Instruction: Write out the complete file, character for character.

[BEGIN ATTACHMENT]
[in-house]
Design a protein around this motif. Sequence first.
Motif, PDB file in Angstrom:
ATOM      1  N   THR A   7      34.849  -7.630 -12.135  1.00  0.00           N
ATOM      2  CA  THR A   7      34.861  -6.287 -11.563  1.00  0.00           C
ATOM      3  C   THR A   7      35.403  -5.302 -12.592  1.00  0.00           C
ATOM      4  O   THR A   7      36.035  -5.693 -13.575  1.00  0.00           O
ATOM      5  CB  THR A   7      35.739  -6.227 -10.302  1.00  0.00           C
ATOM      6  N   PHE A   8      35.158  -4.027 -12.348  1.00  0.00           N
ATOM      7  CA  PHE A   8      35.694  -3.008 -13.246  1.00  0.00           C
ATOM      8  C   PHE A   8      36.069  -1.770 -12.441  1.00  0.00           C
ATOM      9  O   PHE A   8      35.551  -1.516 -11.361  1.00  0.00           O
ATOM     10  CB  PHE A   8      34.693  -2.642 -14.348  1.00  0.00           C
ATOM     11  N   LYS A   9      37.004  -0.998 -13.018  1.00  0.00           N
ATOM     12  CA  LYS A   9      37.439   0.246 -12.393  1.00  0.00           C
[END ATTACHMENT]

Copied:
[in-house]
Design a protein around this motif. Sequence first.
Motif, PDB file in Angstrom:
ATOM      1  N   THR A   7      34.849  -7.630 -12.135  1.00  0.00           N
ATOM      2  CA  THR A   7      34.861  -6.287 -11.563  1.00  0.00           C
ATOM      3  C   THR A   7      35.403  -5.302 -12.592  1.00  0.00           C
ATOM      4  O   THR A   7      36.035  -5.693 -13.575  1.00  0.00           O
ATOM      5  CB  THR A   7      35.739  -6.227 -10.302  1.00  0.00           C
ATOM      6  N   PHE A   8      35.158  -4.027 -12.348  1.00  0.00           N
ATOM      7  CA  PHE A   8      35.694  -3.008 -13.246  1.00  0.00           C
ATOM      8  C   PHE A   8      36.069  -1.770 -12.441  1.00  0.00           C
ATOM      9  O   PHE A   8      35.551  -1.516 -11.361  1.00  0.00           O
ATOM     10  CB  PHE A   8      34.693  -2.642 -14.348  1.00  0.00           C
ATOM     11  N   LYS A   9      37.004  -0.998 -13.018  1.00  0.00           N
ATOM     12  CA  LYS A   9      37.439   0.246 -12.393  1.00  0.00           C